Shu Kei, whose real name is Kenneth Ip, was born in Hong Kong in 1956 and started writing film criticism while still in secondary school. After graduating from University of Hong Kong, majoring in English, he joined Commercial Television as a scriptwriter. After that station went out of business, Shu started working for Golden Harvest as scriptwriter and assistant director. He also founded Film Biweekly Magazine (later renamed City Entertainment) and acted as chief editor.
Shu made his directorial debut in 1981 with Sealed with a Kiss, about a romance between two mentally handicapped youngsters. The film was marked by a refreshing departure from the glut of police dramas, horror films and black-magic movies that were flooding the market.
Between 1981 and 1984, Shu was a programmer for the Hong Kong International Film Festival and, from 1984 to 1986, promotion manager for D & B Films. He directed his second feature, Soul, in 1986, which won the Best Cinematography prize at the Hong Kong Film Awards for Chris Doyle. In 1990, he directed the documentary Sunless Days for the Japanese television station NHK, which was awarded the OCIC Award at the 40th Berlin International Film Festival and the Jury Award at the Rimini Film Festival in Italy. His other works include Hu-Du-Men (1996), which won Best Actress awards for star Josephine Siao at several film festivals, including the 41st Asia Pacific Film Festival, the 33rd Golden Horse Awards in Taiwan and the 2nd Hong Kong Film Critics Society Awards.
Shu became a director through writing criticism. While film schooleducated directors like Ann Hui and Tsui Hark are representative of the first generation of young filmmakers who took Hong Kong cinema on a new direction, Shu Kei is considered a key member of the second generation. In addition to directing, Shu also took up distribution, founding Shu Kei’s Creative Workshop, which had promoted and distributed over 200 art films and non-mainstream works, such as Blue Kite (1993), directed by Tian Zhuangzhuang; Farewell, My Concubine (1993), directed by Chen Kaige; Chungking Express and Ashes of Time, both directed by Wong Kar-wai. He had also produced a number of films, including Beijing Bastards (1993), directed by Zhang Yuan; Postman (1995), directed by He Jianjun; and First Love Unlimited (1997), directed by Joe Ma.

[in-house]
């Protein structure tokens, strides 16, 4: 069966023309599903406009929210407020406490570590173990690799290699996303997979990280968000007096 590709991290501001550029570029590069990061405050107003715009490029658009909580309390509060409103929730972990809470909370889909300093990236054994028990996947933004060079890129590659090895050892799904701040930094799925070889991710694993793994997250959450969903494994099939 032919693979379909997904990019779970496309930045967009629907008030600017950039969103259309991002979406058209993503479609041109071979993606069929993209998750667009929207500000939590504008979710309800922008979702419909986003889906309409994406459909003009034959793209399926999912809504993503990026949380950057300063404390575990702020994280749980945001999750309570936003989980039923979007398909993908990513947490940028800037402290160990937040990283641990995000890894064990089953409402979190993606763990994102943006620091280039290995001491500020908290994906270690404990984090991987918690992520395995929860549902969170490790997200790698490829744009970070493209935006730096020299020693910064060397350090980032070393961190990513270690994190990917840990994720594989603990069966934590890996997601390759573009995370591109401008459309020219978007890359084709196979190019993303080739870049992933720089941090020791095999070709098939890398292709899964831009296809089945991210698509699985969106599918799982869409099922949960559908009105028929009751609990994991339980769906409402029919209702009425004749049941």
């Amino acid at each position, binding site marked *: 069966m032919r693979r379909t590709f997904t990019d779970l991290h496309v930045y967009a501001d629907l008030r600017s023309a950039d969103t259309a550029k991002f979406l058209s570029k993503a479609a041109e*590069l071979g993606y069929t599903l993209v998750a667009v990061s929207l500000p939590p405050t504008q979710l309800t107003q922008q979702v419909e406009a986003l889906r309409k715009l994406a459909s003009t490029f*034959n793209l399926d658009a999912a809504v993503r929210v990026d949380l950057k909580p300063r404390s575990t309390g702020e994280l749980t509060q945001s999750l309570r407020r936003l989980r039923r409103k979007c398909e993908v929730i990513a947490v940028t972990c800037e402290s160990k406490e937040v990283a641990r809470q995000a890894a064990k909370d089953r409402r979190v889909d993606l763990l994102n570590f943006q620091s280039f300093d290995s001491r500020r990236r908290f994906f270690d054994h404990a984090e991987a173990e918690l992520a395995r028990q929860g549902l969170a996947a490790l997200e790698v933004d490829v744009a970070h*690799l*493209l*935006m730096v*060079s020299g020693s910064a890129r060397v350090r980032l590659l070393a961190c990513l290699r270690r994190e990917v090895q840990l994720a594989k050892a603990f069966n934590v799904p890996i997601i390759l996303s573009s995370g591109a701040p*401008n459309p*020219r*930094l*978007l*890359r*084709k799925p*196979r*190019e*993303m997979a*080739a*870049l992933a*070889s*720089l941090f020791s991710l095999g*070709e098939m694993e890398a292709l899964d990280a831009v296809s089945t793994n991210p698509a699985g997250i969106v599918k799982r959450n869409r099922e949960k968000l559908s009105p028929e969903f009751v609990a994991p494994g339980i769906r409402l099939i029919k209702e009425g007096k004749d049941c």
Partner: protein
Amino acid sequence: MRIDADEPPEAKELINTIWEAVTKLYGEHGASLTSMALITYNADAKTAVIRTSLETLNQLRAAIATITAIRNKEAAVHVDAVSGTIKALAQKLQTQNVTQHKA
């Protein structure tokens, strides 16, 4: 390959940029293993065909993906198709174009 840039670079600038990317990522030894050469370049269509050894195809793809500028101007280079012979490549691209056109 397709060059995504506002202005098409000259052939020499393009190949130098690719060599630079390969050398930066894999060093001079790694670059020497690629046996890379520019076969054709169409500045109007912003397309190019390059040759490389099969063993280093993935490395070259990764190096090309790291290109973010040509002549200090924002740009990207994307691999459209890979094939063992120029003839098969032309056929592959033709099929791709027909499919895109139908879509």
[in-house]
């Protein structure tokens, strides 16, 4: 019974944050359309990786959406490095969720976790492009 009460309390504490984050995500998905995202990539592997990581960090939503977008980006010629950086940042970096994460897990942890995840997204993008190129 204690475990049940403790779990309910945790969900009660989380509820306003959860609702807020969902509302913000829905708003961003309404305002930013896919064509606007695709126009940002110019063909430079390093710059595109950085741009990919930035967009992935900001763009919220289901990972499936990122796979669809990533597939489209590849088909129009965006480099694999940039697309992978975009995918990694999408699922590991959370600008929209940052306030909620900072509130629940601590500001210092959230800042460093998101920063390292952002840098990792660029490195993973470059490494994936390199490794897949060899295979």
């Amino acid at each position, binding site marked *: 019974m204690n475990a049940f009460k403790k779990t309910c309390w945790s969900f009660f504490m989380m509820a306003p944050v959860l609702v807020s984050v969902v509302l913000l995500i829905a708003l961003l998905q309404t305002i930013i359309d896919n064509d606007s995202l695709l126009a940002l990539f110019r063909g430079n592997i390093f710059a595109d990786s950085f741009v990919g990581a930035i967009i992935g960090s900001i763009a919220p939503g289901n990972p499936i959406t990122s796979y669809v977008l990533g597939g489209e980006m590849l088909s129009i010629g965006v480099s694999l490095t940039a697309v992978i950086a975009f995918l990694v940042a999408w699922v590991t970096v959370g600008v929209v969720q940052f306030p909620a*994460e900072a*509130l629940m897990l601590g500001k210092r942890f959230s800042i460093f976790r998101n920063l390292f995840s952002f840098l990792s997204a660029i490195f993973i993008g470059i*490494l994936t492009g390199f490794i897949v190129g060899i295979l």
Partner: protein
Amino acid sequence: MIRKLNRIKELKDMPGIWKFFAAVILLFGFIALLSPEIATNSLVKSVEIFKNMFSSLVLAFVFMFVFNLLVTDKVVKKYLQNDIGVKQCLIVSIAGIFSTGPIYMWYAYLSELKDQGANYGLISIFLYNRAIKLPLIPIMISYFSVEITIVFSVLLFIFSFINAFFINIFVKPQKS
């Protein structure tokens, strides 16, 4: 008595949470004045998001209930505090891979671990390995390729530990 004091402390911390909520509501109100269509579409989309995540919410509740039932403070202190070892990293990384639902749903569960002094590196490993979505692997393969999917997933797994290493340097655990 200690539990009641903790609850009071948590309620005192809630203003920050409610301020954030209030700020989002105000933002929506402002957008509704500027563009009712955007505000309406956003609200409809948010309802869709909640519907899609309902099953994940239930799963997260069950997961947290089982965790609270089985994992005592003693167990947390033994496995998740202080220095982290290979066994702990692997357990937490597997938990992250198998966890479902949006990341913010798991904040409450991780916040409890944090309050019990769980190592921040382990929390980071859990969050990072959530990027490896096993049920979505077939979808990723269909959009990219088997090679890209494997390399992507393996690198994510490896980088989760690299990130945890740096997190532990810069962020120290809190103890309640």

In 1997, Shu opened P.O.V. Bookstore, a retailer devoted to film. He had been an Artist in Residence at Chinese University of Hong Kong’s Shaw College, as well as guest lecturer at the Department of English and Comparative Literature at the University of Hong Kong. In 2002, he worked as senior lecturer at the Hong Kong Academy for Performing Arts, later becoming dean of School of Film and Television. He is also the author and editor of various books, including Hong Kong Films of 1994 (editor); Hong Kong Films of 1995 (editor); Song of the Big Road, The Memoir of Sun Yu; A Comparative Study of Cantonese and Mandarin Films in Post-War Hong Kong--the Films of Zhu Shilin and Chun Kim; A Retrospective of 1960s Cantonese Cinema (editor); Ann Hui’s Vietnam Trilogy Screenplays (writer and editor) and Chinese Beauties (novel).
His latest directorial work is The Dream, a segment of the omnibus film Beautiful 2014 (2014), adapted from a short story by author-director Evan Yang (Yi Wen).
|Year||Chinese name||English name||Directors|
||Coffee or Tea|
||Love, Amoeba Style|
||A Queer Story|
||Sealed with a Kiss|